Saturday, April 14, 2007

Review of The Case of the Scorpion’s Tail

“The Case of the Scorpion’s Tail” (1971) is one of the earliest giallo films made by the underrated Sergio Martino. In it, Lisa Baumer (Ida Galli) discovers during an affair that her husband’s plane has just exploded and she stands to inherit a tidy sum. She seems to have display the requisite amount of moaning and groaning, but the audience knows to immediately consider her as the top suspect (she was having an affair at the time of the call after all). She seems doubly untrustworthy after her lover ends up brutally killed.

Some creepy stalker-vision camerawork and Bruno Nicolai’s excellent score soon advise us that Lisa might be as much a potential victim as her husband. Soon the cast begins to expand and the suspect chart widen as we are introduced to “sexy” insurance case inspector Peter Lynch (played by the ever-popular George Hilton), “sexy” tabloid reporter Cleo Dupont (Anita Strindberg), Mr. Baumer’s jealous, “sexy” mistress Lara with her scar-torn bodyguard/lawyer Sharif and the suspicious police investigator Mr. Benton (who, unfortunately, can not be called sexy even in quotation marks).

Despite the rumors whirling around the aeronautic explosion, Lisa manages to cash her entire life insurance inheritance and makes plans to head to Tokyo on a plane to meet a mysterious new person. Too bad for her, a psychotic killer delivers some sharpened-steel room service before she can check out her hotel. Now the tension is really on as Peter Lynch and Cleo Dupont team up to discover the truth.

“The Case of the Scorpion’s Tail” does a wonderful job building up its cast of suspects and balancing audience expectations and assumptions. As he slowly kills off the major players (in some delicious set-pieces including a rooftop inexplicably strewn with creepy dolls and manikins) the viewer has to constantly scramble for a new answer and even if they figure it out they’ll probably waffle and switch several times before the payoff. Martino does a better job than usual staying focused on his plot and suspense making this one of his leaner and most consistently plot-driven films. He doesn’t always play fair with the audience, introducing one red herring that should identify the killer and then not actually coming through with the continuity.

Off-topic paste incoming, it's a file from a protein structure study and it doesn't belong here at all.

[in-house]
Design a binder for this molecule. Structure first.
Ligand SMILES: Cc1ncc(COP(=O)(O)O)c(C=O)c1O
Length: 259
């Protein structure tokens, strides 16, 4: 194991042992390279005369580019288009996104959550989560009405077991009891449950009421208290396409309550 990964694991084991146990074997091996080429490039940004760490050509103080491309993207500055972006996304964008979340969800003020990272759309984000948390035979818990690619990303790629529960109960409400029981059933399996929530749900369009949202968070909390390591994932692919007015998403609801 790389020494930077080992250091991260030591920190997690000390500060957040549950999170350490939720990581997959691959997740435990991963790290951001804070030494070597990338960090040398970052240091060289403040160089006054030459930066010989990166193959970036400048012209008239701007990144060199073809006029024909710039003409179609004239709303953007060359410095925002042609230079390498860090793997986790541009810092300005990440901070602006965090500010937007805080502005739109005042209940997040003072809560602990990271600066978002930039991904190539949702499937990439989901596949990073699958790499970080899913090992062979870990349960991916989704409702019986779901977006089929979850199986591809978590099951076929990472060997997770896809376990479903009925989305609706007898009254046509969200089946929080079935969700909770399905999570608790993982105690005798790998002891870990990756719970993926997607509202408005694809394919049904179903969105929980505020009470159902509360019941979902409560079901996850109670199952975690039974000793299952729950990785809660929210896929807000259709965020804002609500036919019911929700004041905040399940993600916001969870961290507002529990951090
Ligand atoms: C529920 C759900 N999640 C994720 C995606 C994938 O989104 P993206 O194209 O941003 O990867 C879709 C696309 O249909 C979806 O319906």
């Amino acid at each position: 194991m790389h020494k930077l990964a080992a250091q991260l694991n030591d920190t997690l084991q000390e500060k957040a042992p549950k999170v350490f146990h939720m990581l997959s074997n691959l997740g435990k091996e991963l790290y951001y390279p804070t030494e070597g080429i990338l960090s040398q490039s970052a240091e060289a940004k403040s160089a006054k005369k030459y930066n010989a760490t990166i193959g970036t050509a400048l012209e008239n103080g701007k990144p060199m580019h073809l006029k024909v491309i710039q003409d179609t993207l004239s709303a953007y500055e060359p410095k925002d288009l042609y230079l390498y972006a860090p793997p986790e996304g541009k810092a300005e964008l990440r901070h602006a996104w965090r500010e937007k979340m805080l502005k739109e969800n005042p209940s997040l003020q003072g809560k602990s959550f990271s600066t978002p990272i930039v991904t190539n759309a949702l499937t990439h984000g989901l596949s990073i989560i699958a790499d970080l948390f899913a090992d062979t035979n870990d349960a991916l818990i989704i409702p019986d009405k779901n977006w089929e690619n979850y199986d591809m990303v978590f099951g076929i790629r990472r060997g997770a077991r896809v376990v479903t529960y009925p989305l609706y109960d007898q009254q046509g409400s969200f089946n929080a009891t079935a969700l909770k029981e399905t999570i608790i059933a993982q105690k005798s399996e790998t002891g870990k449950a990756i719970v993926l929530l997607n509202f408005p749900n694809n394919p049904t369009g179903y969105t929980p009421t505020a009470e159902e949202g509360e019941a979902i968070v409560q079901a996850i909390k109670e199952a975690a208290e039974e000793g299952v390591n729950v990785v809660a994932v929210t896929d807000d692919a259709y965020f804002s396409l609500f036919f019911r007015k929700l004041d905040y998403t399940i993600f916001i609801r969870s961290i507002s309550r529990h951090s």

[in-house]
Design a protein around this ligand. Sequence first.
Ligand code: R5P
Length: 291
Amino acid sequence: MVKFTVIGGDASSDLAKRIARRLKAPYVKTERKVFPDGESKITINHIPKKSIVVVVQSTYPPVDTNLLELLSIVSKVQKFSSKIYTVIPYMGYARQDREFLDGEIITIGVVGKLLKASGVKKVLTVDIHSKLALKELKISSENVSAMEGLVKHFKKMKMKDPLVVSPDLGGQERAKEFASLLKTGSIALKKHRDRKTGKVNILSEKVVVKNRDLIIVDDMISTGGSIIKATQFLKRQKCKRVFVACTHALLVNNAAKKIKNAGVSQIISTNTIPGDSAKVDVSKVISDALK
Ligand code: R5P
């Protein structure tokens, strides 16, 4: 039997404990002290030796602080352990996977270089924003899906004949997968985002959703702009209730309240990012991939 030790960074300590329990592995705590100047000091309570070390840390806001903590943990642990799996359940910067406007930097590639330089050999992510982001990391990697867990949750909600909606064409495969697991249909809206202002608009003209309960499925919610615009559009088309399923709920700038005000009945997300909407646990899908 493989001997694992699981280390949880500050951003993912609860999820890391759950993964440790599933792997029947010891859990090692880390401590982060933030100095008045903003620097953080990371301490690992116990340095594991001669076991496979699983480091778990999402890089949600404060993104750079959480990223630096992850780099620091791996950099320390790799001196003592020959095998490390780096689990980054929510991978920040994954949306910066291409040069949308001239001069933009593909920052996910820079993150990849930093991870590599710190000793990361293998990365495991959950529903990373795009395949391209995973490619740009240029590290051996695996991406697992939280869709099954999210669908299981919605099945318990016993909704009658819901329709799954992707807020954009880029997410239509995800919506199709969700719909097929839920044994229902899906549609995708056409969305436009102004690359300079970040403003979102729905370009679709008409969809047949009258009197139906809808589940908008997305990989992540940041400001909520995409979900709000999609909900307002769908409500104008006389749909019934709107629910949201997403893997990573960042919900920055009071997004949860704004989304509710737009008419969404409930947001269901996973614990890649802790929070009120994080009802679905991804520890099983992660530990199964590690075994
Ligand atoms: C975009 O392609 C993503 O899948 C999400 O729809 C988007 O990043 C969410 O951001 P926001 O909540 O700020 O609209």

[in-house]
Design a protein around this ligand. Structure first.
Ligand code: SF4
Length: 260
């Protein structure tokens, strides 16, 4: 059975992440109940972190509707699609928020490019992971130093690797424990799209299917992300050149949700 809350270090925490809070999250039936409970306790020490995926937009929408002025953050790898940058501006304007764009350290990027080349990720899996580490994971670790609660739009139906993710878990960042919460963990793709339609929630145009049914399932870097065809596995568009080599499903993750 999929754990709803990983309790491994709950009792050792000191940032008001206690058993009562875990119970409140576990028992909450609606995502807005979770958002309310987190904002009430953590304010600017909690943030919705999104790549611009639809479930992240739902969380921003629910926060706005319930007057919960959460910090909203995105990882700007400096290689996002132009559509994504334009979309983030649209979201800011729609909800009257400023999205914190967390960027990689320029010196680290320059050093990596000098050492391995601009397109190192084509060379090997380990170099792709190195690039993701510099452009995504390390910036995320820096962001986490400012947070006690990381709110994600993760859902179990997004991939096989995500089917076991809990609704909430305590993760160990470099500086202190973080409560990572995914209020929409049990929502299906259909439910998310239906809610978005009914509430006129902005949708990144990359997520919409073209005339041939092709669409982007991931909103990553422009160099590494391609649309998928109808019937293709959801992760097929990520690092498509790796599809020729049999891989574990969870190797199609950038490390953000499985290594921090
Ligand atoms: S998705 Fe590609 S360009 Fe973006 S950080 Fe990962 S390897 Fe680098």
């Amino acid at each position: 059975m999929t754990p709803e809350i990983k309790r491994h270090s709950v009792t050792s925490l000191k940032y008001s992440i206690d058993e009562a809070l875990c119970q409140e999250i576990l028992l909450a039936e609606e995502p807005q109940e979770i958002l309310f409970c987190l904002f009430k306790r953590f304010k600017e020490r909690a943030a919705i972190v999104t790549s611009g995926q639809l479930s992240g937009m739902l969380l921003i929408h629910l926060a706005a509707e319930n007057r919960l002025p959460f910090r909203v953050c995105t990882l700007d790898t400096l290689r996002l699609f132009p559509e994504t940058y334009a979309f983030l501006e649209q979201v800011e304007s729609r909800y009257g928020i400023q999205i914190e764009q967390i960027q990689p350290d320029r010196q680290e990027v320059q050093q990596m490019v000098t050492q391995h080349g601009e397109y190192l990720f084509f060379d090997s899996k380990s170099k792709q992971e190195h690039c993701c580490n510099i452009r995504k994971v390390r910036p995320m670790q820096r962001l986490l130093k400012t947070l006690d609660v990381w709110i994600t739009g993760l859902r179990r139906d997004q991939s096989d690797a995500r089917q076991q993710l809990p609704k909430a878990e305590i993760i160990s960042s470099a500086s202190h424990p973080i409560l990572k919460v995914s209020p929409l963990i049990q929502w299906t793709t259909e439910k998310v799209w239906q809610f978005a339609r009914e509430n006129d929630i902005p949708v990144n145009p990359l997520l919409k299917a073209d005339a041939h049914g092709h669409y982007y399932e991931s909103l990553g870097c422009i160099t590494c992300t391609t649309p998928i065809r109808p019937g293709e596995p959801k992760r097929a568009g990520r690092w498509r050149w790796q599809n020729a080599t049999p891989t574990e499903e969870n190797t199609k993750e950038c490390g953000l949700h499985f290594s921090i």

The title is poorly chosen (and not too exciting) considering that the scorpion is relatively unimportant and lacks any punch as “cool.” The actual clue in question appears late in the film at one of the more convoluted parts of the mystery and seems retrospectively a bit difficult to believe.

The director also remains in high style throughout, showing an impressive intelligence for where to place his camera. Extreme long shots and uncomfortable close-ups are often juxtaposed to keep the audience off-balance and make a thankful substitute for the more typical zoom shots. Keep an eye out for the virtuoso single-take interrogation scene that Martino shoots in a single take with the camera placed between the characters, turned sideways and swiveled back-and-forth to catch the dialogue.

Though I’m often critical (or at best amused) by the many zoom shots, some show remarkable framing at both ends and one zoom-out during the beach finale manages to pull through a handful of clever cavernous reframes in the space of a single second. The finale itself is well worth the wait through the movie and brings together broad daylight terror, a chilling subterranean set, a kitschy purple costume, a shark rifle and the inevitable spectacular death.

Walrus Rating: 7.5

2 comments:

Anonymous said...

It's been awhile since I've seen it, but doesn't the scorpion give away the killer's identity ?

Walrus said...

No, the scorpion is planted by the real killer to frame a different character whom he knew it would implicate. It's a bit on the convoluted side and probably could have been done away with entirely.